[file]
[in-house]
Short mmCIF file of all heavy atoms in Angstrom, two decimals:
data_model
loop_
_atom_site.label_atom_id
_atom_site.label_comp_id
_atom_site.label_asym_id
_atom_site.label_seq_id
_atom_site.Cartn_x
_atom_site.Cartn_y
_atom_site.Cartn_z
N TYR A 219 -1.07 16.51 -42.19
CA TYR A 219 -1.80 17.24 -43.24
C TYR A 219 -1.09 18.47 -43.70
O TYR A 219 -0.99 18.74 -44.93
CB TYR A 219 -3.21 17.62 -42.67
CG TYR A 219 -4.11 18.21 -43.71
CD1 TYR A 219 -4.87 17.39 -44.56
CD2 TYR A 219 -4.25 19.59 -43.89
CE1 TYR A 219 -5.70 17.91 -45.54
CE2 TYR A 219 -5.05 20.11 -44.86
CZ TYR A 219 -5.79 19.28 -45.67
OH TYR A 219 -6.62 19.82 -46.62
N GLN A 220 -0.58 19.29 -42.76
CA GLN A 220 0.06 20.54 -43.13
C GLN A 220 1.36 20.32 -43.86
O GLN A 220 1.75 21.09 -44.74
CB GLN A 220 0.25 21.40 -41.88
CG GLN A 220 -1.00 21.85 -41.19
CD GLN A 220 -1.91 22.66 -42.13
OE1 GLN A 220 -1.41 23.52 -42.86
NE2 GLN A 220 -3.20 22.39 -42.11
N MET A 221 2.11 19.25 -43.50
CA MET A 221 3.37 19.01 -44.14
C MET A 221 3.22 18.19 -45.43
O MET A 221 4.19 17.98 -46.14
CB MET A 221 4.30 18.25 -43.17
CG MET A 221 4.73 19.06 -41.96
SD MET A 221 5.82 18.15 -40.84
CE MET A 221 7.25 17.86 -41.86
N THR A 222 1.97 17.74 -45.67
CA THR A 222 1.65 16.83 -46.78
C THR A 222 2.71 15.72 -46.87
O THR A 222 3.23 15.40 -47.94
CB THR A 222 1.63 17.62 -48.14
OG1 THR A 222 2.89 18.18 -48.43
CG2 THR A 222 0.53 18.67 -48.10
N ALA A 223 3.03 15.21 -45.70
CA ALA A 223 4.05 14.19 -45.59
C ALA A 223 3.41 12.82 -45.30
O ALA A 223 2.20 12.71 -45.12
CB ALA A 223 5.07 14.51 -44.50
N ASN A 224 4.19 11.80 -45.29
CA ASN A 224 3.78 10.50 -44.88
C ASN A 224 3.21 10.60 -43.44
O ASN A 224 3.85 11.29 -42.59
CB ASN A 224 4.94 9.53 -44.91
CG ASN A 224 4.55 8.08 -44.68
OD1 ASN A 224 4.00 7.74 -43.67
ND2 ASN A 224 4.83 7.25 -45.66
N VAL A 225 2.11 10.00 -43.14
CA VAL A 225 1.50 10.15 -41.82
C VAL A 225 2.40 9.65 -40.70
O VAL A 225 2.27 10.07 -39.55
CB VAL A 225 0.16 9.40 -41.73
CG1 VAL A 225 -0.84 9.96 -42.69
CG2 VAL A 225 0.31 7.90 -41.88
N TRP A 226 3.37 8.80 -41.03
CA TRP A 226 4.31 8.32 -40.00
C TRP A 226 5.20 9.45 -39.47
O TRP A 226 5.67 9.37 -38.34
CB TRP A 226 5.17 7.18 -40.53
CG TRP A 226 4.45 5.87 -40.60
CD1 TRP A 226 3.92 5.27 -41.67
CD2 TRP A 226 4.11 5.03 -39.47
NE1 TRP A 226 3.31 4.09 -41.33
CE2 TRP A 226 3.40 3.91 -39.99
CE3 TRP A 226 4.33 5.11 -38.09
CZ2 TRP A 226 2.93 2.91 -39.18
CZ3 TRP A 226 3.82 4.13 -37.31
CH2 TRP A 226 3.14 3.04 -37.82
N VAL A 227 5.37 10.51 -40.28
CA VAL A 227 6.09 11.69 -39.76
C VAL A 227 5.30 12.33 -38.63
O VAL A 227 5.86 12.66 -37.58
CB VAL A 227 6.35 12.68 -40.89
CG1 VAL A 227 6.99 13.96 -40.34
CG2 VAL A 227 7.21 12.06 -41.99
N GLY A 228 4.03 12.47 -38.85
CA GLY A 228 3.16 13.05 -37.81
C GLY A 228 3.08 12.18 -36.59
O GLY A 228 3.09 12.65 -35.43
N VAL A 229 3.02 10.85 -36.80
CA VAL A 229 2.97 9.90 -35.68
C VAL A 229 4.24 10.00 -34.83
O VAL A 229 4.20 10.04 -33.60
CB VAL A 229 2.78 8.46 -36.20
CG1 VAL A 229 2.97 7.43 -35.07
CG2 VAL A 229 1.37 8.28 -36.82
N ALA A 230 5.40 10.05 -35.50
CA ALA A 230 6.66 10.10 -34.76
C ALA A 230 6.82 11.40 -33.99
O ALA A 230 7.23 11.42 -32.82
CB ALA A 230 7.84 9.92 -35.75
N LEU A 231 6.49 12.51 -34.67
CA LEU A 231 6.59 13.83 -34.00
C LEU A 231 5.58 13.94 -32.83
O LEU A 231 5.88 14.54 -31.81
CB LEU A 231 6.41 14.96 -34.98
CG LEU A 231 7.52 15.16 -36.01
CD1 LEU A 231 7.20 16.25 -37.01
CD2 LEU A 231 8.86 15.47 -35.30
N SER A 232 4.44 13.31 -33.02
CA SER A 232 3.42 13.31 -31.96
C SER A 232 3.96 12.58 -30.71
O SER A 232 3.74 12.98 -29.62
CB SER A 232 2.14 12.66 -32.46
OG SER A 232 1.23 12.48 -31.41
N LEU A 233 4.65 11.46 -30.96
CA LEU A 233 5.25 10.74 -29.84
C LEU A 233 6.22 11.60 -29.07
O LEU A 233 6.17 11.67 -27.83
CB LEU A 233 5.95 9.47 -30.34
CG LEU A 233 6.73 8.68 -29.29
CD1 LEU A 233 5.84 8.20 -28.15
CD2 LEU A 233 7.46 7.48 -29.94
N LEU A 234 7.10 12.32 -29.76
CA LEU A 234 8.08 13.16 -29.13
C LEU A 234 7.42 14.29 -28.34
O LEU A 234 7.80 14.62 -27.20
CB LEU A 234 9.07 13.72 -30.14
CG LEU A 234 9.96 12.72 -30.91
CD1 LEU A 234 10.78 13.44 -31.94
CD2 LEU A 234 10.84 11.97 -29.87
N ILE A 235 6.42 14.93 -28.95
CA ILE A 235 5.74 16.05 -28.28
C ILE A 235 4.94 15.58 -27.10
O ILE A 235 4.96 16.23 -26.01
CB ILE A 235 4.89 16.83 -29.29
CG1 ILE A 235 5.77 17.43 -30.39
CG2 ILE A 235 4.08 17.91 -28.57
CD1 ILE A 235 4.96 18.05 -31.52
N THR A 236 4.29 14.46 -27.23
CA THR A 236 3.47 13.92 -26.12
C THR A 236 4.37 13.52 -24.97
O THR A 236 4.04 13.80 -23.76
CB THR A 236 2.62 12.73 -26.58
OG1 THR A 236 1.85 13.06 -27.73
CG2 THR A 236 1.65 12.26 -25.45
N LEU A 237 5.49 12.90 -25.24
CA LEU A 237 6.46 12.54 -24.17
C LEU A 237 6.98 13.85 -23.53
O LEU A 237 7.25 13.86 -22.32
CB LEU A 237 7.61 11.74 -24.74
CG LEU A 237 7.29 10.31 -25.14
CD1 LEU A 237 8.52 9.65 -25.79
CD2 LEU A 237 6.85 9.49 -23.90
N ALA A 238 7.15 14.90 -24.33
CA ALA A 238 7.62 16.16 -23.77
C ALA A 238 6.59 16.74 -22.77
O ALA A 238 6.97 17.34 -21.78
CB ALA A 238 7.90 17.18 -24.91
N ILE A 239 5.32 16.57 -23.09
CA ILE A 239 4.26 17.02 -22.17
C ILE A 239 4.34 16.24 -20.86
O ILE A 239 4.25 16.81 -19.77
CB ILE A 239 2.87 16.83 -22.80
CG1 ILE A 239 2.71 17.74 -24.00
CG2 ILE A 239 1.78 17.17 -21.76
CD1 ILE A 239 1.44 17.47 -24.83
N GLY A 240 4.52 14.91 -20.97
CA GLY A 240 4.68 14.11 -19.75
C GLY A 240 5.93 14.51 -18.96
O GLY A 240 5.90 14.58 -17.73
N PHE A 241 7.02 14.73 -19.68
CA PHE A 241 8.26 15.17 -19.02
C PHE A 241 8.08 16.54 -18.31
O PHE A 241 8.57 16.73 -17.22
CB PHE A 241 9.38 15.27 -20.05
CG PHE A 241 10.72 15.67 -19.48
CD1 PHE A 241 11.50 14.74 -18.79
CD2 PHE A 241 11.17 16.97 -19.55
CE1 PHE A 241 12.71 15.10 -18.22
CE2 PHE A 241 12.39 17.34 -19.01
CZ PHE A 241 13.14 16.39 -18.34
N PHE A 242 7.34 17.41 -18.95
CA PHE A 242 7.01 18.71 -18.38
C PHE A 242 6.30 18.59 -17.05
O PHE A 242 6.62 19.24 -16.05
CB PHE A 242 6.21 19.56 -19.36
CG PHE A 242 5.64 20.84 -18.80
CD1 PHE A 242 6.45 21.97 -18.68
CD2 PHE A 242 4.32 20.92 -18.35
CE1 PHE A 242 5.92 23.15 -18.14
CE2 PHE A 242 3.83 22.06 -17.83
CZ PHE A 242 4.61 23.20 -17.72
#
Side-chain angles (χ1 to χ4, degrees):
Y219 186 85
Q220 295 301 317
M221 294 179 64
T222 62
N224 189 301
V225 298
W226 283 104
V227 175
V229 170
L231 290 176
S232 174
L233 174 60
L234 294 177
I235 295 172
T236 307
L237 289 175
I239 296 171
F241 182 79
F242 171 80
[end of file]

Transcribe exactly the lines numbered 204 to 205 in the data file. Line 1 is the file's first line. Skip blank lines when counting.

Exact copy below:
V225 298
W226 283 104